Beverage sales for PepsiCo slumped this summer, CEO Indra Nooyi reported during the company’s quarterly earnings call Wednesday.
Pinning the decline on poor weather conditions across North America leading to fewer C-store sales, Nooyi sought to reassure investors “that the issues are temporary” and action has been taken to improve sales in the new quarter.
PepsiCo underperformed the industry in carbonated beverages, Nooyi said, as well as seeing a dip in Gatorade sales following two years of “terrific Q3 growth.” North American beverage sales saw a 6 percent decline in volume compared to the same period last year.
“This summer, we directed too much of our media spending and shelf space to new low-calorie, much smaller brands at the expense of our Pepsi and Mountain Dew trademarks while our plans for the summer were consistent with our continued delivered the strategy to transform our beverage portfolio,” Nooyi said on the call. “Clearly, we redirected some big brands space to these new products as opposed to focusing on new incremental space.”
However, responding to a question on the call, Nooyi estimated that weather conditions were 70 percent to blame for the limited growth in Q3, versus 30 percent being issues that PepsiCo could have controlled. Gatorade in particular saw an “outsized impact” due to rain, she said. As for CSDs, the company’s focus on promoting low-calorie beverages hurt soda sales.
Nooyi noted new innovation, such as low and no-calorie products, was coming to some of PepsiCo’s “biggest trademarks,” including Pepsi and Mountain Dew. The new products are set to launch in early 2018. She added later that the company is focused on securing new shelf space for the products, particularly in the convenience channel, and will work to “protect the hell” out of its placements.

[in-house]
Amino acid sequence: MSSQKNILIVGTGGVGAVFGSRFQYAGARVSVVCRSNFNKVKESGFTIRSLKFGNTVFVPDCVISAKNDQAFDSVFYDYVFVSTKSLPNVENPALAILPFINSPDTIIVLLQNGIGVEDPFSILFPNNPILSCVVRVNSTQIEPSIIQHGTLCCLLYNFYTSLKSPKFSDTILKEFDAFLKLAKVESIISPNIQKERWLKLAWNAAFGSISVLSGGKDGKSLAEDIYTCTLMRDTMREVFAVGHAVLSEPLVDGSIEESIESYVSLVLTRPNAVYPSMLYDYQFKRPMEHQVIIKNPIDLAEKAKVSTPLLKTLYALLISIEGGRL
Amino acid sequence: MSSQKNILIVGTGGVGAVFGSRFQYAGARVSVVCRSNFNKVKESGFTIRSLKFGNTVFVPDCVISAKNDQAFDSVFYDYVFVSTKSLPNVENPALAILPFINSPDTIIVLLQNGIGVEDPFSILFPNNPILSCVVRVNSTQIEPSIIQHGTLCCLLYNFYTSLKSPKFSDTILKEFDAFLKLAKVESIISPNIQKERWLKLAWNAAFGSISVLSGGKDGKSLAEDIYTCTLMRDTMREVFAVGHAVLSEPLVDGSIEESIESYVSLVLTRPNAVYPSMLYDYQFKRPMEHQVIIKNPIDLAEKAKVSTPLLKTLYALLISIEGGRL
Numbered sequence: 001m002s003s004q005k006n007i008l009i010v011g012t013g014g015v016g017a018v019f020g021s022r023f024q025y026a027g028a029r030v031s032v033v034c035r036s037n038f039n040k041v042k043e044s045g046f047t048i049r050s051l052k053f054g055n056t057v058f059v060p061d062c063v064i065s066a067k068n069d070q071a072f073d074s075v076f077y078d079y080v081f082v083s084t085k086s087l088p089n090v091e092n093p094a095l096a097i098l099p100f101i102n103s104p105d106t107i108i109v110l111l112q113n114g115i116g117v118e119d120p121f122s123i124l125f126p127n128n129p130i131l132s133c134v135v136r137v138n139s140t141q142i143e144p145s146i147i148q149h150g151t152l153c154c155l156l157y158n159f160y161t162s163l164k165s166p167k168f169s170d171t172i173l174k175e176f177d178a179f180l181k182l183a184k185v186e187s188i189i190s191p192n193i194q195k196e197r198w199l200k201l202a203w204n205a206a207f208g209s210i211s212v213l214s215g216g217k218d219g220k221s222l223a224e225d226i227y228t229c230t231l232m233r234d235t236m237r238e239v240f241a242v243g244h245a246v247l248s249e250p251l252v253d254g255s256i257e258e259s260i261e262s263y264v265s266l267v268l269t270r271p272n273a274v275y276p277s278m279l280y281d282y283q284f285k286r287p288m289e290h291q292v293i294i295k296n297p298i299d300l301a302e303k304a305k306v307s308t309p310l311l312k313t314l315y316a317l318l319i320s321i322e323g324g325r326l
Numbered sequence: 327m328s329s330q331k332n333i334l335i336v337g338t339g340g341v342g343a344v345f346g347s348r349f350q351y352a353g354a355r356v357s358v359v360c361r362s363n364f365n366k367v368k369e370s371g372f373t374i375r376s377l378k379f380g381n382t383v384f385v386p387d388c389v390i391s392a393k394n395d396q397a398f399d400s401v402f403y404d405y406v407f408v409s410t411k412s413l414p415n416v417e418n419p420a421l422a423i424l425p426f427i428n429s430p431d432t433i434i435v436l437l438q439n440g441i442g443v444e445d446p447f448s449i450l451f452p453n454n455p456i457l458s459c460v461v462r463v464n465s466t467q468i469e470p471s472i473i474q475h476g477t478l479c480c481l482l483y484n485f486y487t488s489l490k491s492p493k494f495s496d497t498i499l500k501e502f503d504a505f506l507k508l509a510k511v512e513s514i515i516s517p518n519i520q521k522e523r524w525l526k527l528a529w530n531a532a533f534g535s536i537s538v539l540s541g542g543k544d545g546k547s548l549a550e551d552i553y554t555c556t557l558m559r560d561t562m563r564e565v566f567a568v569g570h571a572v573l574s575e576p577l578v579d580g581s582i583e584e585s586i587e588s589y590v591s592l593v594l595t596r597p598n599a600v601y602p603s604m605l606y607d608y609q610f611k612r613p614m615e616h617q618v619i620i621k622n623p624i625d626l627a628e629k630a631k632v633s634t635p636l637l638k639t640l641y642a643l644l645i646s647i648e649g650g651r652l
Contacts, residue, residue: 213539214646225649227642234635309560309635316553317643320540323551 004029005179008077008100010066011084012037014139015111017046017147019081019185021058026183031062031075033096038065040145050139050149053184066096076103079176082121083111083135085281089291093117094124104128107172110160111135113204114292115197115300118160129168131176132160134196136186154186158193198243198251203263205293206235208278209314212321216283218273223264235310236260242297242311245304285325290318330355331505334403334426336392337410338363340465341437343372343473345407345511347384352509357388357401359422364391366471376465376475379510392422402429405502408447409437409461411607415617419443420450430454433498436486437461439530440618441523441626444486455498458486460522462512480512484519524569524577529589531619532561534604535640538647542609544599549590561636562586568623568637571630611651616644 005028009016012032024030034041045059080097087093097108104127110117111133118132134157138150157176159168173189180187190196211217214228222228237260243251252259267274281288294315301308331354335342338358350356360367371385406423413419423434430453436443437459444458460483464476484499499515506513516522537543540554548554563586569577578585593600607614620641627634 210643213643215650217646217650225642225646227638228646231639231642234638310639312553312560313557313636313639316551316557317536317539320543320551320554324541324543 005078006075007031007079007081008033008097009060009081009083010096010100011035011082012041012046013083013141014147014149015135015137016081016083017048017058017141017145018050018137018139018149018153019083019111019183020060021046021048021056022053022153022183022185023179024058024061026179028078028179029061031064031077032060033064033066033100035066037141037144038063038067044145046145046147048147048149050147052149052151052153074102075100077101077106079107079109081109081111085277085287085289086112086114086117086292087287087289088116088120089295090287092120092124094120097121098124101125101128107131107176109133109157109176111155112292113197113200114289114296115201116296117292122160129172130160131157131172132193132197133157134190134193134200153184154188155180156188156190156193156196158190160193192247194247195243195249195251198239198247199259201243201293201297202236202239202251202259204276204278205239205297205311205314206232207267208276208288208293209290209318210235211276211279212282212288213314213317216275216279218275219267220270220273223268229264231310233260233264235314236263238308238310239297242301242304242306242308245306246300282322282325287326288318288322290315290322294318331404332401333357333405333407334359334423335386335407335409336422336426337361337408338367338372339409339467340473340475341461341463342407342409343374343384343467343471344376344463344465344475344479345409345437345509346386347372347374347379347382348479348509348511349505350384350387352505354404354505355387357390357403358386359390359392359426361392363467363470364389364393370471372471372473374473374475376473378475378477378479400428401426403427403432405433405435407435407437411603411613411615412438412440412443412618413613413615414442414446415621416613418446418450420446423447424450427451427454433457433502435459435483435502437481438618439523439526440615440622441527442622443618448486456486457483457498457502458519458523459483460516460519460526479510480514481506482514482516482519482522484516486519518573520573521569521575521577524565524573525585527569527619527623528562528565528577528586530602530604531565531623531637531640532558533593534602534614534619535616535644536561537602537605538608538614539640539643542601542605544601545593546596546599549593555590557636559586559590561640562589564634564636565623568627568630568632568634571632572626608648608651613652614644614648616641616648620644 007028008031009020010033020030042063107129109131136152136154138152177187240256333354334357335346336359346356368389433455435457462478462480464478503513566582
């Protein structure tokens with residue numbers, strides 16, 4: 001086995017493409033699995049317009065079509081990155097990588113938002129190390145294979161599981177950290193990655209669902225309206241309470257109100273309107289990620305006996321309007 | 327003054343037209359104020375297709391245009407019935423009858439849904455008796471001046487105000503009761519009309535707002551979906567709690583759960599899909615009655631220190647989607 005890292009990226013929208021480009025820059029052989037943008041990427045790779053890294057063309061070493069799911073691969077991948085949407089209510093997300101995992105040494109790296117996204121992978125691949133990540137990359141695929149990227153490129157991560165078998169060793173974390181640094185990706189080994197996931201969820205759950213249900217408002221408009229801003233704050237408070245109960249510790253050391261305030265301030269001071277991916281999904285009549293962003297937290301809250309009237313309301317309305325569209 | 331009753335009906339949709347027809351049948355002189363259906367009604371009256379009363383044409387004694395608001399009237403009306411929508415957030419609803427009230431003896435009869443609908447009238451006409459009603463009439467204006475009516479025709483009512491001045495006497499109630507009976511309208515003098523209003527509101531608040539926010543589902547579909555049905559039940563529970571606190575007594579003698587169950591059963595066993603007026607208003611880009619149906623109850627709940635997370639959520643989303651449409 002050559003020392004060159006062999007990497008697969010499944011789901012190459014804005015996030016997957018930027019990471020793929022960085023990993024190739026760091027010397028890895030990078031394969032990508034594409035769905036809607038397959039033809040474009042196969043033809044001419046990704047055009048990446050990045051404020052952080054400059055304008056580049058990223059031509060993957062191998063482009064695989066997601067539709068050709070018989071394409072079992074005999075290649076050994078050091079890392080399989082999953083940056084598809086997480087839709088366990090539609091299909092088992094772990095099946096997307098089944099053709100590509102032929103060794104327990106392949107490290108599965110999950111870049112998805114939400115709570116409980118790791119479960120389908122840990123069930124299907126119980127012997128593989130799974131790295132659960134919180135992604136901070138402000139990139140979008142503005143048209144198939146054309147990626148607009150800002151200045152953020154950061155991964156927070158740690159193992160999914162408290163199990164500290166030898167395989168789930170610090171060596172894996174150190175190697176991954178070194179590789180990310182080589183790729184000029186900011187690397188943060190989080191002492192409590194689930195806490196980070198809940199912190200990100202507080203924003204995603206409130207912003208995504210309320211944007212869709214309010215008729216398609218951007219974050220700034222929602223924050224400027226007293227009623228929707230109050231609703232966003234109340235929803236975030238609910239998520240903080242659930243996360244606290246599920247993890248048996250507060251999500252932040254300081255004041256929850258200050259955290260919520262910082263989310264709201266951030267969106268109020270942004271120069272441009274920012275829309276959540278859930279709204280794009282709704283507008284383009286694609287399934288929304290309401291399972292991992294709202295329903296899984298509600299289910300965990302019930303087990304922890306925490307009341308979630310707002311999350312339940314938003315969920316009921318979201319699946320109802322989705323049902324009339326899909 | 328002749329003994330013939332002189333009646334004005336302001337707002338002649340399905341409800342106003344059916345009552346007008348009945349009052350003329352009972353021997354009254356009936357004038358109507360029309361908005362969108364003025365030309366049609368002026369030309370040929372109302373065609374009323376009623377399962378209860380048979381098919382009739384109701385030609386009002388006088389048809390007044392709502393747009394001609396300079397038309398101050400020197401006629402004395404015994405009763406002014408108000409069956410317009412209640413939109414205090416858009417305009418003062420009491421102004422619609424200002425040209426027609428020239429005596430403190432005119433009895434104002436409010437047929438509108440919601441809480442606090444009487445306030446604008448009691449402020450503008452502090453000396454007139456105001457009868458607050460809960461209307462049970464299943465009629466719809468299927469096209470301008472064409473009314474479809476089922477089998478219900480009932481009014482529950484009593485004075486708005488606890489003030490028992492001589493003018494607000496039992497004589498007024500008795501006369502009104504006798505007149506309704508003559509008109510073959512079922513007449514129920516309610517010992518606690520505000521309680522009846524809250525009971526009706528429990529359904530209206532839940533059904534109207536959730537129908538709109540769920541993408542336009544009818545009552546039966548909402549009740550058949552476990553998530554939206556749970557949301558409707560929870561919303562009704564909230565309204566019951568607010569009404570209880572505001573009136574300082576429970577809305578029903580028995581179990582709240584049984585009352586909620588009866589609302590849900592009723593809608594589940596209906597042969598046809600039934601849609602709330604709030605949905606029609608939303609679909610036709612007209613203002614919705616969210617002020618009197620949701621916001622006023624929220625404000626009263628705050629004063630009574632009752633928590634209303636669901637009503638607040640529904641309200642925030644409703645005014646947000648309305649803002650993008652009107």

“[If] I looked at this quarter, the only two [issues] that we need to focus on is getting Gatorade back to growth, which we’re already beginning to see, and tweaking our advertising spending against Pepsi and Dew,” Nooyi said.
Thanks to cost savings and a lower-than-average tax rate, PepsiCo surpassed analysts expectations for its Q3 earnings per share (EPS). But, some analysts were not thrilled with the final outcome. Bonnie Herzog of Wells Fargo Securities noted that overall net revenue of $16.2 billion (representing 1.7 percent organic growth) was below expectations.
“We believe [PepsiCo] will likely deliver its revised FY17 EPS guidance based on productivity savings/cost cutting, but see few positive catalysts that could drive the stock meaningfully higher in the near-term,” Herzog wrote.
This quarter follows a more favorable Q2 report, which saw 3 percent global organic revenue growth. Overall beverage sales were also stronger, in part bolstered by the launch of LIFEWTR in Q1 and a solid performance of Pepsi Zero Sugar. During the company’s earnings call in July, Nooyi noted there would be “strong activation” for Pepsi Fire and DEW-S-A during the summer.
Despite the report, PepsiCo’s stock value saw little movement Wednesday, closing the day with a 0.18 percent increase.